Manufacturing Employment Rose in December

Jan. 4, 2013
The unemployment rate held steady overall, but manufacturing was among those industries adding to their payrolls.

The U.S. unemployment rate didn’t budge from its 7.8 percent mark in December, according to the U.S. Bureau of Labor Statistics. That number has held steady since September, and represents 12.2 million unemployed people.

Total nonfarm payroll employment increased by 155,000 in December. In 2012, employment growth averaged 153,000 per month, the same as the average monthly gain for 2011. In December, employment increased in manufacturing, food services, construction and health care.

December manufacturing employment in particular rose by 25,000, with small gains in a number of component industries. In 2012, factory employment increased by 180,000; most of the growth occurred during the first quarter.

Construction added 30,000 jobs in December, led by employment increases in construction of buildings (+13,000) and in residential specialty trade contractors (+12,000).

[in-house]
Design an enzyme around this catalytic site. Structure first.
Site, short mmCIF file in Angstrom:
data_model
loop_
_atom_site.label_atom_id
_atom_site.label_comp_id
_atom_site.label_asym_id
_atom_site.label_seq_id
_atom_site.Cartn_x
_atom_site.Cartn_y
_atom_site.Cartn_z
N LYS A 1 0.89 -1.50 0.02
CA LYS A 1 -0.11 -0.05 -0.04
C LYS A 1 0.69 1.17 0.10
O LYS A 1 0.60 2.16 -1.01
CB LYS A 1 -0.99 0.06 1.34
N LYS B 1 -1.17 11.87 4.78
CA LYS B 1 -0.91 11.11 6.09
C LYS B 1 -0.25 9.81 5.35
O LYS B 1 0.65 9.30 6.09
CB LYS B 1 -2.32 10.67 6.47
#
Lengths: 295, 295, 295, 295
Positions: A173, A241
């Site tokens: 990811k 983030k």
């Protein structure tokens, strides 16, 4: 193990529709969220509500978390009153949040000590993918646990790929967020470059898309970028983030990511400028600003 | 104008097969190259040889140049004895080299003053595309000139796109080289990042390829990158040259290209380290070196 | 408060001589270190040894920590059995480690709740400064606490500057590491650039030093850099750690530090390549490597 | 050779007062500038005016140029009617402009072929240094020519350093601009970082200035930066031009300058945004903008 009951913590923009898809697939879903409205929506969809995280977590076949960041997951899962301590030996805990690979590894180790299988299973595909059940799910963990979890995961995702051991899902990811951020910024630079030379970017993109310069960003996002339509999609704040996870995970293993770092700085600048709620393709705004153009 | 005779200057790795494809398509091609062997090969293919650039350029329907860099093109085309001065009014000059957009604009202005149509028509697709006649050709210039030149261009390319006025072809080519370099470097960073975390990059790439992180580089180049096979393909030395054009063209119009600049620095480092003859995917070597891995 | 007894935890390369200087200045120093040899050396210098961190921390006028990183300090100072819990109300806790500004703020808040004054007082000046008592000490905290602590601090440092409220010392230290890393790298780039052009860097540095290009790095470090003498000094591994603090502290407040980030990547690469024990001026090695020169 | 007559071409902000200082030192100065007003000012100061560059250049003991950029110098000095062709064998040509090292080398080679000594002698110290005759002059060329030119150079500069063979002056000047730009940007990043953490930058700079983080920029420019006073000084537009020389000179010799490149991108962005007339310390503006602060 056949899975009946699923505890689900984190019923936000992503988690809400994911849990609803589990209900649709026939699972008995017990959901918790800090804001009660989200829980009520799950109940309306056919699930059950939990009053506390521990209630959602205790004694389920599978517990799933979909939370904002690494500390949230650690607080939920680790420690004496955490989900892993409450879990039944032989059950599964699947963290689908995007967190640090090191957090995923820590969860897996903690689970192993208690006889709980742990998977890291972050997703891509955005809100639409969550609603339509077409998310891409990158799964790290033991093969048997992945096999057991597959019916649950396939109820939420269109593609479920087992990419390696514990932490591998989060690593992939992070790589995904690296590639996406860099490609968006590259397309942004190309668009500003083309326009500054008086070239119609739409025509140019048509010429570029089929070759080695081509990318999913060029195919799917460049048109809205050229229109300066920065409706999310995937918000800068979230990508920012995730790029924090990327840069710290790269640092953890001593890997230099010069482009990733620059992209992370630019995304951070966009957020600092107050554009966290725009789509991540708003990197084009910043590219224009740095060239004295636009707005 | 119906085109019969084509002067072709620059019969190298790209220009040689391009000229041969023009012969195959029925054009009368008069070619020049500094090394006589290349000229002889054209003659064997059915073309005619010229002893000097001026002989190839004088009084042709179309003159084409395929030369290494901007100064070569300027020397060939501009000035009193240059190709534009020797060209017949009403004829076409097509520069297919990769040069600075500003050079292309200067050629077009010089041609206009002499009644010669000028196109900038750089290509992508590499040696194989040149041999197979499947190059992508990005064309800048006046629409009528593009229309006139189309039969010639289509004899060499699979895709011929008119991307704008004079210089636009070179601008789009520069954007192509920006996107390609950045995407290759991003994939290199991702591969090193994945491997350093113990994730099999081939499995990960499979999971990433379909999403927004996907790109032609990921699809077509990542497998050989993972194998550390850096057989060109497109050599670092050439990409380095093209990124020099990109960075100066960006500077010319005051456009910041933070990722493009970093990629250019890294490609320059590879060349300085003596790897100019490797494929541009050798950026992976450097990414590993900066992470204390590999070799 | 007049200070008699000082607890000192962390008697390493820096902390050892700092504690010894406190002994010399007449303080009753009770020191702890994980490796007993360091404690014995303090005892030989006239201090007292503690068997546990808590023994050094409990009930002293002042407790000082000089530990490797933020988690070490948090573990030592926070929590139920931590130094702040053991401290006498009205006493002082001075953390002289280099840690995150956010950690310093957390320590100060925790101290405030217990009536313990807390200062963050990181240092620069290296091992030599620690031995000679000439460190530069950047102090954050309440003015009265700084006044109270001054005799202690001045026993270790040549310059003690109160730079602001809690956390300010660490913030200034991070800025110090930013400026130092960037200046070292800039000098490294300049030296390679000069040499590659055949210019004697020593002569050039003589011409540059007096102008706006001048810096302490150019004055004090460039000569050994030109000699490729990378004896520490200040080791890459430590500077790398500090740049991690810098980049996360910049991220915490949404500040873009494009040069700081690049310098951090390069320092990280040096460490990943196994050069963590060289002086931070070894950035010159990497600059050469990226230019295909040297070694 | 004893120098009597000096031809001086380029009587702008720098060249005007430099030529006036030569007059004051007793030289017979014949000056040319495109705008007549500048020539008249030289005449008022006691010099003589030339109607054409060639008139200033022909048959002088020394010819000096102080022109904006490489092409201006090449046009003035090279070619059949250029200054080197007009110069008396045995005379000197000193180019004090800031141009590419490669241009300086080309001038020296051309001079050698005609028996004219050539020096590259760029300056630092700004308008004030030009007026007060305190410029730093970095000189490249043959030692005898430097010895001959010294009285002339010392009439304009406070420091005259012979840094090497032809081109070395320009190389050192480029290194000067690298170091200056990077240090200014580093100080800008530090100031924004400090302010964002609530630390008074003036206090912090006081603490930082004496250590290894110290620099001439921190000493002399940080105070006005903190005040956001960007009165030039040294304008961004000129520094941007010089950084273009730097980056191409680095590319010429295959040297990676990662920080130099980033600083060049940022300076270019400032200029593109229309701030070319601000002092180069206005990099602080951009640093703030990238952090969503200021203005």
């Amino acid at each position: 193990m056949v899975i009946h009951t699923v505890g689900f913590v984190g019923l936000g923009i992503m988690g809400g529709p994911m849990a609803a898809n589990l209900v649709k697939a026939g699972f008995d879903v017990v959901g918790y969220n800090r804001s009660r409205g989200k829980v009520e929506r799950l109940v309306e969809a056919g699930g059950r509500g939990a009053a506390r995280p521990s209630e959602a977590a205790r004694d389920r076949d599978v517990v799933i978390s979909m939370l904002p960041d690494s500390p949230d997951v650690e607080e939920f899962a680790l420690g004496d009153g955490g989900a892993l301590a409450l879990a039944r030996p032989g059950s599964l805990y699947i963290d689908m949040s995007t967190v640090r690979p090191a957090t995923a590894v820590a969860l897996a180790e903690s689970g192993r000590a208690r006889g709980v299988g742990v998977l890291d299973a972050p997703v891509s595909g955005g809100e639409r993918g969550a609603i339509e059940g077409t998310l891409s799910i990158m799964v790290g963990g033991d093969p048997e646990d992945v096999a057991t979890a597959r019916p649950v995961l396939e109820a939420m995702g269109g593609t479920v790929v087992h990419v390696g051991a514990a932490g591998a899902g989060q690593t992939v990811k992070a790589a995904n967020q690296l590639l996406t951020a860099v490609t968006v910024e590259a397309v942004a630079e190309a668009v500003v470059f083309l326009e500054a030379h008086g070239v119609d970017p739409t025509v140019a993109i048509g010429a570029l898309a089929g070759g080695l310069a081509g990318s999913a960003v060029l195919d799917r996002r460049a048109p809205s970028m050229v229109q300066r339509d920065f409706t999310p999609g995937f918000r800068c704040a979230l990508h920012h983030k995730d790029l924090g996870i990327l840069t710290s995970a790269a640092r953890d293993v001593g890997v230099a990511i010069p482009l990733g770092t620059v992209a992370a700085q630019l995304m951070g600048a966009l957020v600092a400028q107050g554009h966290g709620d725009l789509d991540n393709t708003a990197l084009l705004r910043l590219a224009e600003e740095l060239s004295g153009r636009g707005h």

Employment in other major industries, including mining and logging, transportation and warehousing, financial activities, professional and businesses services, and government, showed little change over the month.

In December, the average workweek for all employees on private nonfarm payrolls edged up by 0.1 hour to 34.5 hours. The manufacturing workweek edged up by 0.1 hour to 40.7 hours, and factory overtime was unchanged at 3.3 hours. The average workweek for production and nonsupervisory employees on private nonfarm payrolls edged up by 0.1 hour to 33.8 hours.

Average hourly earnings for all employees on private nonfarm payrolls rose by 7 cents to $23.73. Over the year, average hourly earnings have risen by 2.1 percent. In December, average hourly earnings of private-sector production and nonsupervisory employees increased by 6 cents to $19.92.

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